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(Un)Manly Citizens

Jean-Jacques Rousseau's and Germaine de Staël's Subversive Women

Lori Jo Marso

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In (Un)Manly Citizens, political theorist Lori Jo Marso explores an alternative vision of citizenship in the writings of French Enlightenment figures Jean-Jacques Rousseau and Germaine de Staël. This critique transgresses the boundary between political philosophy and literature in turning explicitly to fictional texts as the site of an alternative conception of the self, citizenship, and democratic politics.

Marso departs from previous feminist scholarship on Rousseau by reading Emile and La Nouvelle Héloïse from the perspective of his women characters. In this reading, Sophie and Julie emerge...

In (Un)Manly Citizens, political theorist Lori Jo Marso explores an alternative vision of citizenship in the writings of French Enlightenment figures Jean-Jacques Rousseau and Germaine de Staël. This critique transgresses the boundary between political philosophy and literature in turning explicitly to fictional texts as the site of an alternative conception of the self, citizenship, and democratic politics.

Marso departs from previous feminist scholarship on Rousseau by reading Emile and La Nouvelle Héloïse from the perspective of his women characters. In this reading, Sophie and Julie emerge as subversive of the narrow range of femininity usually understood as advocated by Rousseau. Tracing the words, gestures, and even the silence of the women characters in Rousseau's texts, Marso argues that these women display an uncanny ability to deconstruct the qualities and dictates of scholarship for which Rousseau is infamous.

Germaine de Staël builds on the perspective of Rousseau's women to uncover the radical potential of the feminine as a way to reconceptualize citizenship. Based on her experience of the French Revolution, Staël demonstrates the limits of establishing strict identities as prerequisites for citizen participation. In Staël's novels, Delphine and Corinne, Marso locates a citizenship practice premised on the recognition of individuals in terms of their concrete histories and situations. Marso's scholarship makes us aware of how early in the history of modern political thought the potential of an unmanly vision of citizenship as a radical critique of politics was already being discussed and formulated.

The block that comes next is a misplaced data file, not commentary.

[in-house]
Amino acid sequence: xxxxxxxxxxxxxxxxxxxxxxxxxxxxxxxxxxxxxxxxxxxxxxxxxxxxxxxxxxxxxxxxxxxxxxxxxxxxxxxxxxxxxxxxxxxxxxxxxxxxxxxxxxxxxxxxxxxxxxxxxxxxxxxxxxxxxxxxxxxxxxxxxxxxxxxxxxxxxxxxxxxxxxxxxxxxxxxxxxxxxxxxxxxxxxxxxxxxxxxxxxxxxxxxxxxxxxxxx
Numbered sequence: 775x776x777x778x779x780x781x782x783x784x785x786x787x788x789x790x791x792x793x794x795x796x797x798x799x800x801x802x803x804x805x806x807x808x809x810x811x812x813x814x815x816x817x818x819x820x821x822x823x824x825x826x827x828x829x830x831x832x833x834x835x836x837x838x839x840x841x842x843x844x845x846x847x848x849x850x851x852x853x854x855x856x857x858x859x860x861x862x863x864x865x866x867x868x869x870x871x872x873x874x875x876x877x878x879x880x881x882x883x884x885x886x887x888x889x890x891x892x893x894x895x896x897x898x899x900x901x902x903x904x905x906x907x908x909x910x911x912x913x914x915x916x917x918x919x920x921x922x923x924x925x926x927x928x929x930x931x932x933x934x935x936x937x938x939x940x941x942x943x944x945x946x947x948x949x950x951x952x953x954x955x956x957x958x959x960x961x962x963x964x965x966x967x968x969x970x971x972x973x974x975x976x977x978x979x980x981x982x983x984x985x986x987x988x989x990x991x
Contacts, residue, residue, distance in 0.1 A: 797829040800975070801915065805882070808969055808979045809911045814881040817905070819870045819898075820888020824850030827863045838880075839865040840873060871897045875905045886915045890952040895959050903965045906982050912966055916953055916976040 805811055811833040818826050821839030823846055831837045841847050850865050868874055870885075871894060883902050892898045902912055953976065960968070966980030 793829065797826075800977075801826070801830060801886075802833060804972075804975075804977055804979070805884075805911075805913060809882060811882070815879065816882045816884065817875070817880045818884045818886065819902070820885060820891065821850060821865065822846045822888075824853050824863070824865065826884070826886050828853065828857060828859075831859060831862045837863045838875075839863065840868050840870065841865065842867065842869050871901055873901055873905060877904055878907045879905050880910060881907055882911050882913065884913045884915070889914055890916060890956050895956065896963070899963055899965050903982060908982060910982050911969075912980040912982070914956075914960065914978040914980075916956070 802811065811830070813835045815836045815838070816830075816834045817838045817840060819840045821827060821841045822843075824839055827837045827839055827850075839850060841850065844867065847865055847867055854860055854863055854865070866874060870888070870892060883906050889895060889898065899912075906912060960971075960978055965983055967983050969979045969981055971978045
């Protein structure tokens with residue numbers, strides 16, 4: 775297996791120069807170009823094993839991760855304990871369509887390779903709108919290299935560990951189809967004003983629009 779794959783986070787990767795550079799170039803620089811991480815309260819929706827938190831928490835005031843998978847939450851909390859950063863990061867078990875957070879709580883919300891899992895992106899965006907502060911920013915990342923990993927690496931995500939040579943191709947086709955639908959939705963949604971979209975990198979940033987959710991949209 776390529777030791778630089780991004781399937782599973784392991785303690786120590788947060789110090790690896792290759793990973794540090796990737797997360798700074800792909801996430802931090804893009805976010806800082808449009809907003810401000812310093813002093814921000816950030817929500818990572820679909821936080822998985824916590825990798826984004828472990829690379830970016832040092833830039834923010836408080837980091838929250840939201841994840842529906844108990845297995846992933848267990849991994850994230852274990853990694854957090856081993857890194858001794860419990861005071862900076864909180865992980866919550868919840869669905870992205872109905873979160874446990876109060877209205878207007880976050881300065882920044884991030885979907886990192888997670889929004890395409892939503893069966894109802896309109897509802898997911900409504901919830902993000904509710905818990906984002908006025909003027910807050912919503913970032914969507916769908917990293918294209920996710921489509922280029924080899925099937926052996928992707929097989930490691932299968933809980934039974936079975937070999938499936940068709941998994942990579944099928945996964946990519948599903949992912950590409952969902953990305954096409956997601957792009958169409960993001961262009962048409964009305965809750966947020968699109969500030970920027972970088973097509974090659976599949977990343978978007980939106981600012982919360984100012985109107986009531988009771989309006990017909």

Reviews

Reviews

Marso's book is insightful, even fascinating in what its focus makes visible, and it will motivate many to (re)visit Rousseau and Staël. Perhaps most intriguing is the notion of conversation as critical to more inclusive politics, and most useful is her weaving into the Rousseau-Staël dialogue many contemporary feminist voices.

Marso enterprisingly finds in Staël's novels a direct political alternative to the Revolution's manly citizenship, one defying rigid hierarchy and not excluding private loyalties from its conception of the general will. Marso's is a ground-breaking, mind-altering reading of Staël as a political thinker.

A bold feminist interpretation (Un)Manly Citizens will appeal to all of those who are not content to dismiss Rousseau as a misogynist and a romantic. Marso finds a discordant feminine presence at the core of Rousseau's work—neither in a difference nor a mirror image but an alterity that 'unmans' the ideal of a community that speaks in one voice. This witty and perceptive study opens up an alternative model of citizenship.

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Lori Jo Marso

Lori Jo Marso is an assistant professor of political philosophy and feminist theory at Union College in Schenectady, New York.